Bamaniya Bataka/ Potato curry
If you didn't know this about me already, then let me tell you again- I LOVE Gujarati Food!
Have you ever had a chance of checking out a Gujarati Thali?
A gujarati thali is a lunch or dinner plate that serves a big variety of vegetarian dishes in one meal. All the recipes are traditional recipes influenced by the Gujarati flavours that have been passed down since generations. The 'Thali' combines 4-5 types of vegetables and curries, 2-3 types of rotis and breads, sweet and spicy, hot and cold, snacks, rice, lentils and sprouts and desserts, and some sides like chutneys, salads, pickles, poppadums all in one. Whew! Slightly out of breath there! Its like a buffet they bring to your plate and one of my favourite meals of all times. Now if you have ever had a chance to eat this food, this potato curry is an integral part of the assemble. Infact a Gujarati Thaal is incomplete without the Bamaniya bataka. Bataka means potato btw.
These potatoes are a staple at my home. They just happen to be my dad's favourite food ever! Every weekend whenever I ask him if I should make something special, he almost always tells me he wants to eat what he likes to call -gujarati aloo. Since we have truckloads of recipes in India for potato curry, the moment he says gujarati Aloo, I know what he wants me to make. The other times it is his other favourite- Chhole Bhature or Punjabi chickpea curry.
For the uninitiated, the taste of this potato curry is a balance of spicy, tangy and slightly sweet aka ridiculously good! Even as I write, the thought of these is making me salivate. Traditionally it is supposed to be eaten with puri/ fried flatbread but for sake of our health we eat it with Roti.
A shoutout to all the gujju food lovers out there, you know what I mean when I say - once in awhile though, puri + bataka + aam ras= Happy Us! Am I right or am I Right?!
Lets get cookin' then shall we?!
Time taken: 30-40 mins
2-3 tbsp Peanut oil
1 1/2 tbsp black mustard seeds
1 1/2 tbsp cumin seeds
8-10 Curry leaves
1 tbsp minced ginger
1 whole green chili, thinly sliced
1/4 tsp asafoetida
2-3 dried red chilies
2 bay leaves
1 tsp ground coriander powder
4 Potatoes, peeled, cut into 1" cubes
1 tomato, diced
1/2 tsp red chili powder (add more if you like it hot)
1/2 tsp turmeric powder
3-4 cups water
2 tbsp tamarind paste
2 tbsp Jaggery
Salt to taste
Coriander to garnish
Pinch of love
The cast of ingredients sans the tamarind paste and jaggery
First, scrub the potatoes clean, peel the potatoes to cube them in 1" pieces and set them aside. In a deep pan, add in the peanut oil on medium heat.
When the oil starts to shimmer, add in the mustard seeds and allow them to splutter for a second
Then add in the cumin seeds and let them turn golden
Next add in the curry leaves
In quick succession add in the minced ginger and thinly sliced green chilies. Inhale deeply to experience the fragrance of these tempering spices/ herbs.
Add in the asafoetida
And break in a couple of red chilies, seeds and all
I then placed in the bay leaves.
Add in ground coriander powder and mix it all together. If required turn the heat to a medium low so nothing burns or sticks to the pan.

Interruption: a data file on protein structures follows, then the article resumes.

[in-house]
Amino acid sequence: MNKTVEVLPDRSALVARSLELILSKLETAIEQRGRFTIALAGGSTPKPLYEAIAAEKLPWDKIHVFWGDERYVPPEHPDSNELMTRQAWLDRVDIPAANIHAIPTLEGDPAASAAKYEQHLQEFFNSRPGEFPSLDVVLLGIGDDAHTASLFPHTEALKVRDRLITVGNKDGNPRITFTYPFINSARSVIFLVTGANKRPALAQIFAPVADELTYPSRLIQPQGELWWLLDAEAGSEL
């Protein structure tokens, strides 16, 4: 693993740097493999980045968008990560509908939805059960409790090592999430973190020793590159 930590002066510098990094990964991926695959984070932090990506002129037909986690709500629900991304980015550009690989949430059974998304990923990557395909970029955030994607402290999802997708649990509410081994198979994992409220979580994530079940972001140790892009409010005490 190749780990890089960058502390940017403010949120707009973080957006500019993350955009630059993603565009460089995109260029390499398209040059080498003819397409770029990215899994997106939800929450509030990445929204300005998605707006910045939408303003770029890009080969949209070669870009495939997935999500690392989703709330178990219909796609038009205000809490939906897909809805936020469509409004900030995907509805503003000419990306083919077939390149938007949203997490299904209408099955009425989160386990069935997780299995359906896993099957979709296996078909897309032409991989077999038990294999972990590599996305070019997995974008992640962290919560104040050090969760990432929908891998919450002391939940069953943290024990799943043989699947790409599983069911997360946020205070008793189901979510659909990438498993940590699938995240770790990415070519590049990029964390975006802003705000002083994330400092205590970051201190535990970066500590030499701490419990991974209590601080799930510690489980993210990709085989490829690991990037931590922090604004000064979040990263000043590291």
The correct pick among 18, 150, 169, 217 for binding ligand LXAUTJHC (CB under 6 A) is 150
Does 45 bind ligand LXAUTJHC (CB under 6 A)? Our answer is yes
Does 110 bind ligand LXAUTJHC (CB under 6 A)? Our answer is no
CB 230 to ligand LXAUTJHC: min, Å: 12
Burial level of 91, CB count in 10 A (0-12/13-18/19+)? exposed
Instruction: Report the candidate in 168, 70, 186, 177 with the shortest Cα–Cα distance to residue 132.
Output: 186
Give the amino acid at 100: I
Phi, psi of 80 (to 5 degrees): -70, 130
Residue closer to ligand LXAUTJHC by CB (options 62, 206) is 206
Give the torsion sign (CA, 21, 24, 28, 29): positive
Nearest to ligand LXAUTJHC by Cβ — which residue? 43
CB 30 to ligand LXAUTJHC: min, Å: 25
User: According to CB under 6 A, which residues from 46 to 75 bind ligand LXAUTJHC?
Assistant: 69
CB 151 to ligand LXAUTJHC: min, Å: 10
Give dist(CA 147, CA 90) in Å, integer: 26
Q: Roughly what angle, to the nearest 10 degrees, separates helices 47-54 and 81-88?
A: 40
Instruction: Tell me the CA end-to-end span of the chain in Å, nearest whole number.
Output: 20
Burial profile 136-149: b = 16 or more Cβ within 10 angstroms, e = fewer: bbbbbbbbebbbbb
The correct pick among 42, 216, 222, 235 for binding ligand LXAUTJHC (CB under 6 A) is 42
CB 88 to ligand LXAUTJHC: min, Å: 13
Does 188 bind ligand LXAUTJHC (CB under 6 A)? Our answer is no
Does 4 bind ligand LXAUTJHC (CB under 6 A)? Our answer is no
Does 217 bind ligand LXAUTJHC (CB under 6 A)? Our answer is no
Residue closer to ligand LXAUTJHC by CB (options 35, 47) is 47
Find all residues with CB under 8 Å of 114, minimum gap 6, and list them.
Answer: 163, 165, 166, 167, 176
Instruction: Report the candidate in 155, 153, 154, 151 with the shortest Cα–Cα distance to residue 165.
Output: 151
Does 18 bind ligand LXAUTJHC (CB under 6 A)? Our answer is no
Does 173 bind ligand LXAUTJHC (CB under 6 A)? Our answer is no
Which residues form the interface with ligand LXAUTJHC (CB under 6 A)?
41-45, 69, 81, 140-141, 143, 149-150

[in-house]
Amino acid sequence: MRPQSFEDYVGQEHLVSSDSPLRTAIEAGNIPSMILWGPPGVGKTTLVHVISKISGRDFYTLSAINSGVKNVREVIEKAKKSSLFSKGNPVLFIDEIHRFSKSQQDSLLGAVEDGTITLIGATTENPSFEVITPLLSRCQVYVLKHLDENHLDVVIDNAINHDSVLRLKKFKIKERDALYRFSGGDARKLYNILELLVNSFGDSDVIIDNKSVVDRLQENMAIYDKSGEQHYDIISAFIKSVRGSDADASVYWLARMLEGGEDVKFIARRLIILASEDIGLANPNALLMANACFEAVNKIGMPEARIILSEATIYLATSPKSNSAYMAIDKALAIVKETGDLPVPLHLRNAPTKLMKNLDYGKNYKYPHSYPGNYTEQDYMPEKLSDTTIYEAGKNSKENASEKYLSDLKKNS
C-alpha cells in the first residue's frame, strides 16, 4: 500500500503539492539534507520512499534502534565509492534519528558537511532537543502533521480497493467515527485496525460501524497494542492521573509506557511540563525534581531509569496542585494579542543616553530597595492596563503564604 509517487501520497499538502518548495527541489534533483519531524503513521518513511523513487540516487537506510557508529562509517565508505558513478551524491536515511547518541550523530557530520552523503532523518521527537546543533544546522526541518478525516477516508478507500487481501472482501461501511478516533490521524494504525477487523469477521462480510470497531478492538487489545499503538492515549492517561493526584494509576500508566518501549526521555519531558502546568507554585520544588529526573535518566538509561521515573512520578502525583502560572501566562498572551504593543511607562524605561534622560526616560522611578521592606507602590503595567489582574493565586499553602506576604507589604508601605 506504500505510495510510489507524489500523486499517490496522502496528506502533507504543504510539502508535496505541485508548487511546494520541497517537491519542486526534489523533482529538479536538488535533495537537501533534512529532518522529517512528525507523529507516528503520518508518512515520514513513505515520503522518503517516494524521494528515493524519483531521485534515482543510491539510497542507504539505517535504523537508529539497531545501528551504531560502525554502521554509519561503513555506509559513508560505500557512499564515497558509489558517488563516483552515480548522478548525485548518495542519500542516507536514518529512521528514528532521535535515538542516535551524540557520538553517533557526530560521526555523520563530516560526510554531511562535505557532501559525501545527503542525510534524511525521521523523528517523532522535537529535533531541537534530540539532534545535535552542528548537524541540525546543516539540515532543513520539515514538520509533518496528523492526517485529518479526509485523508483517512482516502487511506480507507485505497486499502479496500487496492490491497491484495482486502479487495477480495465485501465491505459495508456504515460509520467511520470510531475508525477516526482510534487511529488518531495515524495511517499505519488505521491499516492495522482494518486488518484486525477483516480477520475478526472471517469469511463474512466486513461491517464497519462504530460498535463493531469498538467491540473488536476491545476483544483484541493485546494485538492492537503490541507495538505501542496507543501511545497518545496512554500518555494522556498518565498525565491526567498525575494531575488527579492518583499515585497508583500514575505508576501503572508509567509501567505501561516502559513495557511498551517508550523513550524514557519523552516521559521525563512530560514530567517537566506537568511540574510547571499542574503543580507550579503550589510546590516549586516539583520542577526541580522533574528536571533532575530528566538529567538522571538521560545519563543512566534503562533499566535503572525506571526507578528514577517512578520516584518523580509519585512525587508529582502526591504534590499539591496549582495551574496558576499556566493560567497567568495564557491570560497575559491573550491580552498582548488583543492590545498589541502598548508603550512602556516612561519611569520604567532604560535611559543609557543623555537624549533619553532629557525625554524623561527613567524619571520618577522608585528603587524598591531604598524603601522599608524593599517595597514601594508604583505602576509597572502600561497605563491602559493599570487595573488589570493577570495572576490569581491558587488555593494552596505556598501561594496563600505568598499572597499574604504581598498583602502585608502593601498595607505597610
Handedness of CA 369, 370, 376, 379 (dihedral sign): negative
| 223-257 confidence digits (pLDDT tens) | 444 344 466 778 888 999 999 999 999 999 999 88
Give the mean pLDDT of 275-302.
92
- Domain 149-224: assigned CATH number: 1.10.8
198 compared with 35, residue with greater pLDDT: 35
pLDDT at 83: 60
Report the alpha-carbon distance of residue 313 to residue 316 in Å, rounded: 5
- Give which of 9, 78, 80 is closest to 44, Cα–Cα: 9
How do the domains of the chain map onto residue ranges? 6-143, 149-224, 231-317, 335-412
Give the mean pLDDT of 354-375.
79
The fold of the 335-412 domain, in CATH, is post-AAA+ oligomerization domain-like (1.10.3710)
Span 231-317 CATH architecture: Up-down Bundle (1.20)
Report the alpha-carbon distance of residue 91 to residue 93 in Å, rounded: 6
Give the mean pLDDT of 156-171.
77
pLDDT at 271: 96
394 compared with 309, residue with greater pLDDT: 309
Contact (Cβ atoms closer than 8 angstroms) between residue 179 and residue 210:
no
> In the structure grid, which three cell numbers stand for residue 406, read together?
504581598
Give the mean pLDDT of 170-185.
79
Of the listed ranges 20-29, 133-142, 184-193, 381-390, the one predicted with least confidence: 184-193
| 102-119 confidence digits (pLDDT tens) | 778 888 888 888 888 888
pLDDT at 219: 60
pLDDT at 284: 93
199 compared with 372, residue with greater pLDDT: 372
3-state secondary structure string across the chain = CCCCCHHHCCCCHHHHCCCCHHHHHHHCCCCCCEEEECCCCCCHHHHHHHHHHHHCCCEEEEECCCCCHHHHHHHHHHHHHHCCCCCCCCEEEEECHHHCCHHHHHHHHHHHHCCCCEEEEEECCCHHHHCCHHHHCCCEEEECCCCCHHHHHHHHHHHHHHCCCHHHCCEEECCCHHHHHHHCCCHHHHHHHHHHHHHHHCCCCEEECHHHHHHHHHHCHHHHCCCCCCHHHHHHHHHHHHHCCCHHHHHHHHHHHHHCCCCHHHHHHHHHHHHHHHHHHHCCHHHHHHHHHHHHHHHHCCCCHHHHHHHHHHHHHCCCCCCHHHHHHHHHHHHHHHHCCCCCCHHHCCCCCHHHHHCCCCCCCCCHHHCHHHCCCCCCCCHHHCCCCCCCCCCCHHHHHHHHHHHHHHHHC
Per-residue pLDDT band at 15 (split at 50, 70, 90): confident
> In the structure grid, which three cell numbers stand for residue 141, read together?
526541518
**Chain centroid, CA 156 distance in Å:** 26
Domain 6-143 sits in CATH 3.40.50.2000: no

Bring in the hero of your dish- the potatoes and add them to the tempering.
Mix everything so the potatoes are well coated with all those delicious flavours. Saute this for about 3-4 minutes.
Next add in a diced tomato.
Mix that in as well for a couple of minutes
Add in the red chili powder and the turmeric powder
I then added 3 1/2 cups of water to this. The amount of water will depend on the size of your potatoes and the consistency of the gravy that you want. Also when the potatoes cook, the water level comes down and the gravy thickens because of the starch in the potatoes. So keep that in mind. We can always add some water later, so don't fret about it too much.
Cover this with a lid to allow the potatoes to soften and cook for about 15-20 minutes.
In 20 minutes, the take off the lid. See how the water level has reduced. The oil has come up. I always poke the potatoes with a fork or the back of my spoon. They should fall apart. Mash a couple of those potato cubes in the curry. It adds a good texture to the curry and thickens it up.
Now is the time to add in the salt. I added in a couple of teaspoons of table salt. Remember, potatoes need salt.
I also strained in my tamarind paste. If we'd have added this earlier, the potatoes would have taken infinitely longer to cook. For the paste, I took tamarind and soaked it in half a cup of water. If you get a ready paste, that would be awesome. Or if you don't have tamarind by any chance, you can add raw mango powder or even 2-3 tbsp of lemon juice to get your curry nice and tangy. The tamarind though adds an authentic as well as a deep earthy sourness that can't be exactly replicated.
Add in the jaggery too. The jaggery comes in a big lump and we have to break it into pieces to be able to use it. I added in about 2 tbsp of jaggery to balance out the flavours. Let the curry simmer for about 5 more minutes to let all the flavours come together. Taste and adjust for seasoning after 5 mins.
Throw in a few coriander leaves and stir it in. And the Bamaniya Bataka are done!
Those gorgeous potatoes floating in that perfectly balanced curry... with the puri, its a dance of flavours on my tongue!
Did I tell you it makes for a perfect weekend brunch?! Weekend, because after I eat it, I always want to nap.
Lip smacking indeed!
Take in the flavours of the wonderful Gujarati cuisine my friends, Indulge!